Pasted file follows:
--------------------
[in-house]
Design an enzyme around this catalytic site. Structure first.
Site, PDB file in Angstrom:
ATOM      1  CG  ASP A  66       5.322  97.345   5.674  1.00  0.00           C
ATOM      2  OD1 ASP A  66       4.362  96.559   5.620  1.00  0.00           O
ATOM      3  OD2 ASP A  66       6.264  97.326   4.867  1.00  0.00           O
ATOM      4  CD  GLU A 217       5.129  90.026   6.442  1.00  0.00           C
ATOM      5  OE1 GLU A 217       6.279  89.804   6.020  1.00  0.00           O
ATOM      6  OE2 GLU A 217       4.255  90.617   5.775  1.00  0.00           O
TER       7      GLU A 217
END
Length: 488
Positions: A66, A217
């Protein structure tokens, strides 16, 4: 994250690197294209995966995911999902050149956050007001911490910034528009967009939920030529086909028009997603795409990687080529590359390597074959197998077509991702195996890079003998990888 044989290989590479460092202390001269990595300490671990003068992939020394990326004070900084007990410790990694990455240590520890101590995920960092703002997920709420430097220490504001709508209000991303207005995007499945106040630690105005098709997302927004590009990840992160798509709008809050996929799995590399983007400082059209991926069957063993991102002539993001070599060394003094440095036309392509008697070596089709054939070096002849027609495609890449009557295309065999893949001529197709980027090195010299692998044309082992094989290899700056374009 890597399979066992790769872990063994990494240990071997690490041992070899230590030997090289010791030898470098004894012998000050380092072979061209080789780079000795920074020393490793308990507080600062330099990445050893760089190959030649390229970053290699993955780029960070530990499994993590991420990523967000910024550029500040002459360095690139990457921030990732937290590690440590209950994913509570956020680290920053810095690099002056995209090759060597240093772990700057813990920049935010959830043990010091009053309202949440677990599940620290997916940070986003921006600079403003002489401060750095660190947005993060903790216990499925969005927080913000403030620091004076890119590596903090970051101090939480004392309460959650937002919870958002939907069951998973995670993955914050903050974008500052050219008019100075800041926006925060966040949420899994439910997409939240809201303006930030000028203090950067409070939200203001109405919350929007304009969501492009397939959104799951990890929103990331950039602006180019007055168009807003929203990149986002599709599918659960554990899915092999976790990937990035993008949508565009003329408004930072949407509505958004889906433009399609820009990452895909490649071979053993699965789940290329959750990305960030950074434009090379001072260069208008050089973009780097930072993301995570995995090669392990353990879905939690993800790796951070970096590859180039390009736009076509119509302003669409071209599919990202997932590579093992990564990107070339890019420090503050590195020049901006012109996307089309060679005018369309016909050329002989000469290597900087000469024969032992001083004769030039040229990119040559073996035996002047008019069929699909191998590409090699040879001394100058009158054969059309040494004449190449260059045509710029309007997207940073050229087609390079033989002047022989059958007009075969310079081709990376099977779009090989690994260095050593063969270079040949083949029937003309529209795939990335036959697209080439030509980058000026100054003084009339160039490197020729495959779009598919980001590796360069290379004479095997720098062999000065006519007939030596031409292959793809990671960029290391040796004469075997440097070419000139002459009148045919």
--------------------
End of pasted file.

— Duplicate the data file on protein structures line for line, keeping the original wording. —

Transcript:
[in-house]
Design an enzyme around this catalytic site. Structure first.
Site, PDB file in Angstrom:
ATOM      1  CG  ASP A  66       5.322  97.345   5.674  1.00  0.00           C
ATOM      2  OD1 ASP A  66       4.362  96.559   5.620  1.00  0.00           O
ATOM      3  OD2 ASP A  66       6.264  97.326   4.867  1.00  0.00           O
ATOM      4  CD  GLU A 217       5.129  90.026   6.442  1.00  0.00           C
ATOM      5  OE1 GLU A 217       6.279  89.804   6.020  1.00  0.00           O
ATOM      6  OE2 GLU A 217       4.255  90.617   5.775  1.00  0.00           O
TER       7      GLU A 217
END
Length: 488
Positions: A66, A217
């Protein structure tokens, strides 16, 4: 994250690197294209995966995911999902050149956050007001911490910034528009967009939920030529086909028009997603795409990687080529590359390597074959197998077509991702195996890079003998990888 044989290989590479460092202390001269990595300490671990003068992939020394990326004070900084007990410790990694990455240590520890101590995920960092703002997920709420430097220490504001709508209000991303207005995007499945106040630690105005098709997302927004590009990840992160798509709008809050996929799995590399983007400082059209991926069957063993991102002539993001070599060394003094440095036309392509008697070596089709054939070096002849027609495609890449009557295309065999893949001529197709980027090195010299692998044309082992094989290899700056374009 890597399979066992790769872990063994990494240990071997690490041992070899230590030997090289010791030898470098004894012998000050380092072979061209080789780079000795920074020393490793308990507080600062330099990445050893760089190959030649390229970053290699993955780029960070530990499994993590991420990523967000910024550029500040002459360095690139990457921030990732937290590690440590209950994913509570956020680290920053810095690099002056995209090759060597240093772990700057813990920049935010959830043990010091009053309202949440677990599940620290997916940070986003921006600079403003002489401060750095660190947005993060903790216990499925969005927080913000403030620091004076890119590596903090970051101090939480004392309460959650937002919870958002939907069951998973995670993955914050903050974008500052050219008019100075800041926006925060966040949420899994439910997409939240809201303006930030000028203090950067409070939200203001109405919350929007304009969501492009397939959104799951990890929103990331950039602006180019007055168009807003929203990149986002599709599918659960554990899915092999976790990937990035993008949508565009003329408004930072949407509505958004889906433009399609820009990452895909490649071979053993699965789940290329959750990305960030950074434009090379001072260069208008050089973009780097930072993301995570995995090669392990353990879905939690993800790796951070970096590859180039390009736009076509119509302003669409071209599919990202997932590579093992990564990107070339890019420090503050590195020049901006012109996307089309060679005018369309016909050329002989000469290597900087000469024969032992001083004769030039040229990119040559073996035996002047008019069929699909191998590409090699040879001394100058009158054969059309040494004449190449260059045509710029309007997207940073050229087609390079033989002047022989059958007009075969310079081709990376099977779009090989690994260095050593063969270079040949083949029937003309529209795939990335036959697209080439030509980058000026100054003084009339160039490197020729495959779009598919980001590796360069290379004479095997720098062999000065006519007939030596031409292959793809990671960029290391040796004469075997440097070419000139002459009148045919």